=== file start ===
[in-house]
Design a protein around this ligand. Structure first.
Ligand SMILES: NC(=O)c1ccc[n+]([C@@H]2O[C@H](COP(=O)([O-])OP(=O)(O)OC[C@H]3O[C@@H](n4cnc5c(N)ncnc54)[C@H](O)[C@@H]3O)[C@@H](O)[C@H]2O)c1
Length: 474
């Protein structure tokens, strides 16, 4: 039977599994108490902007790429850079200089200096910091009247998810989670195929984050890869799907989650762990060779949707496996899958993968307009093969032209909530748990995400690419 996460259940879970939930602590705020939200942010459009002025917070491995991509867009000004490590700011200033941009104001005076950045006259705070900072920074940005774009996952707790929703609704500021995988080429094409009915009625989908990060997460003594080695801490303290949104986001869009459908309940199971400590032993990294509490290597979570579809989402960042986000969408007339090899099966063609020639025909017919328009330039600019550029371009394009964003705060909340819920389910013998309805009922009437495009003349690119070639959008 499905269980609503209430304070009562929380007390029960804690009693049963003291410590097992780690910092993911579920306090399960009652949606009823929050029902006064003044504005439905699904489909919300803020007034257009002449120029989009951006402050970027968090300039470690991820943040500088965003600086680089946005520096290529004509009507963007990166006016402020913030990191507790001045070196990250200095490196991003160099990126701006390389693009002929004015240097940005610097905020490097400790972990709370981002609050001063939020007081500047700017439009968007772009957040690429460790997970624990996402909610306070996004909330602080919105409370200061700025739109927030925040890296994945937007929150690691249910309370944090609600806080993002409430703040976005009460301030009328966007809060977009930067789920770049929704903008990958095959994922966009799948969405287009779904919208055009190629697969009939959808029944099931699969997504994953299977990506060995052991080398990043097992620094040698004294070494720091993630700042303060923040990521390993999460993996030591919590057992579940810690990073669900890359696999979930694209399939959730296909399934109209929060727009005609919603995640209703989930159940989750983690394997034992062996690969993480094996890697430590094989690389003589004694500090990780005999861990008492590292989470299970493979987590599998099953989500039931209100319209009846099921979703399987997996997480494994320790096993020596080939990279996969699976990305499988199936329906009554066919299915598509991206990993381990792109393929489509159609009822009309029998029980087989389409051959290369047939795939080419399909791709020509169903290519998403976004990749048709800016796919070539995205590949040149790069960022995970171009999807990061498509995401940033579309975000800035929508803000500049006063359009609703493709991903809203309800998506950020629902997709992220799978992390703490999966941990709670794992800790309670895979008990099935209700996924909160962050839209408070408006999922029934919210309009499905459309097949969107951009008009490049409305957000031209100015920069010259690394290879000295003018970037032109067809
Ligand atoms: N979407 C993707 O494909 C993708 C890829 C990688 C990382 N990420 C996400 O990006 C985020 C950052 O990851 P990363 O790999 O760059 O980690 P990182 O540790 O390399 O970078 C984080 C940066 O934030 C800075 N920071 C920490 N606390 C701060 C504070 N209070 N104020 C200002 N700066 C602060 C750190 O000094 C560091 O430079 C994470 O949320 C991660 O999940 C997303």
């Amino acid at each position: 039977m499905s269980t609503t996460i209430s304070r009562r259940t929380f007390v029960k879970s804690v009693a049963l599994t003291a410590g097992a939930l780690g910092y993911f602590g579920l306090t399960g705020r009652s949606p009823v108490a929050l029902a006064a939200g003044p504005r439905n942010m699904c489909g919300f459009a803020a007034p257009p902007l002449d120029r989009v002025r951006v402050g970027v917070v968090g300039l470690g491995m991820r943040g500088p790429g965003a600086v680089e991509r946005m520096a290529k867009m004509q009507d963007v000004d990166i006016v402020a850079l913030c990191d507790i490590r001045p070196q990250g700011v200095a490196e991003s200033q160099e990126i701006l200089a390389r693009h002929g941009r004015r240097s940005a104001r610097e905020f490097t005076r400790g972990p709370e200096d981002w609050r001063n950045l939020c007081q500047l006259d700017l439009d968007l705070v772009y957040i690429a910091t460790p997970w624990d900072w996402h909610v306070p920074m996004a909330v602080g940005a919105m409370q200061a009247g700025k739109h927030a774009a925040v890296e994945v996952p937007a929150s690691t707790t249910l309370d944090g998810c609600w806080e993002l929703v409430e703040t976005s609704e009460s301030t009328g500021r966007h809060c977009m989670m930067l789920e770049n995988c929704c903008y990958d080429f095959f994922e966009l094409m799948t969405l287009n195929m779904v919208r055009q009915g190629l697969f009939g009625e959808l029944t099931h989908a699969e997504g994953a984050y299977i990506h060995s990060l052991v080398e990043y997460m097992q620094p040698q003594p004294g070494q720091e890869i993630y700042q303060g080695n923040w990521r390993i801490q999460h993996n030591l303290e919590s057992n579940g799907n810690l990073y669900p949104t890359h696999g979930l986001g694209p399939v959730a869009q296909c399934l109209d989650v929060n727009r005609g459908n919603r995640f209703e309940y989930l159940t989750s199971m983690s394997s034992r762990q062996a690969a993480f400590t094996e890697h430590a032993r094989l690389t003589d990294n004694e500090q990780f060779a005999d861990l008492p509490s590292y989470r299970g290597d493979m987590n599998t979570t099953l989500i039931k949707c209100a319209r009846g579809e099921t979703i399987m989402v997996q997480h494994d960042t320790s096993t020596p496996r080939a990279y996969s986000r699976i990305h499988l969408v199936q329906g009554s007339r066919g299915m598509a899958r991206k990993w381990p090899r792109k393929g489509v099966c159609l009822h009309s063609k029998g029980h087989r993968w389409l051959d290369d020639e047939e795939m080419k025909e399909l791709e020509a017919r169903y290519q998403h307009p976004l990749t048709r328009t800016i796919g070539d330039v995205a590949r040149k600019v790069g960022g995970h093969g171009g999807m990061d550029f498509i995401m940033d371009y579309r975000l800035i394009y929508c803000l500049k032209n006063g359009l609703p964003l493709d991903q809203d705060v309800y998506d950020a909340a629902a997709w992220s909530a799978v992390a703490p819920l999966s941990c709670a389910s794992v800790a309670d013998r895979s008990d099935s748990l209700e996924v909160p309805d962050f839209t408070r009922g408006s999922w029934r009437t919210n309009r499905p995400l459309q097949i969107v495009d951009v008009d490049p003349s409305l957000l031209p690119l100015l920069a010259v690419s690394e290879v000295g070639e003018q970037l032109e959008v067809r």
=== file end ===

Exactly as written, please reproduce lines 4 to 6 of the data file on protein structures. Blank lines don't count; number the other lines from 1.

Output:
Length: 474
């Protein structure tokens, strides 16, 4: 039977599994108490902007790429850079200089200096910091009247998810989670195929984050890869799907989650762990060779949707496996899958993968307009093969032209909530748990995400690419 996460259940879970939930602590705020939200942010459009002025917070491995991509867009000004490590700011200033941009104001005076950045006259705070900072920074940005774009996952707790929703609704500021995988080429094409009915009625989908990060997460003594080695801490303290949104986001869009459908309940199971400590032993990294509490290597979570579809989402960042986000969408007339090899099966063609020639025909017919328009330039600019550029371009394009964003705060909340819920389910013998309805009922009437495009003349690119070639959008 499905269980609503209430304070009562929380007390029960804690009693049963003291410590097992780690910092993911579920306090399960009652949606009823929050029902006064003044504005439905699904489909919300803020007034257009002449120029989009951006402050970027968090300039470690991820943040500088965003600086680089946005520096290529004509009507963007990166006016402020913030990191507790001045070196990250200095490196991003160099990126701006390389693009002929004015240097940005610097905020490097400790972990709370981002609050001063939020007081500047700017439009968007772009957040690429460790997970624990996402909610306070996004909330602080919105409370200061700025739109927030925040890296994945937007929150690691249910309370944090609600806080993002409430703040976005009460301030009328966007809060977009930067789920770049929704903008990958095959994922966009799948969405287009779904919208055009190629697969009939959808029944099931699969997504994953299977990506060995052991080398990043097992620094040698004294070494720091993630700042303060923040990521390993999460993996030591919590057992579940810690990073669900890359696999979930694209399939959730296909399934109209929060727009005609919603995640209703989930159940989750983690394997034992062996690969993480094996890697430590094989690389003589004694500090990780005999861990008492590292989470299970493979987590599998099953989500039931209100319209009846099921979703399987997996997480494994320790096993020596080939990279996969699976990305499988199936329906009554066919299915598509991206990993381990792109393929489509159609009822009309029998029980087989389409051959290369047939795939080419399909791709020509169903290519998403976004990749048709800016796919070539995205590949040149790069960022995970171009999807990061498509995401940033579309975000800035929508803000500049006063359009609703493709991903809203309800998506950020629902997709992220799978992390703490999966941990709670794992800790309670895979008990099935209700996924909160962050839209408070408006999922029934919210309009499905459309097949969107951009008009490049409305957000031209100015920069010259690394290879000295003018970037032109067809
Ligand atoms: N979407 C993707 O494909 C993708 C890829 C990688 C990382 N990420 C996400 O990006 C985020 C950052 O990851 P990363 O790999 O760059 O980690 P990182 O540790 O390399 O970078 C984080 C940066 O934030 C800075 N920071 C920490 N606390 C701060 C504070 N209070 N104020 C200002 N700066 C602060 C750190 O000094 C560091 O430079 C994470 O949320 C991660 O999940 C997303």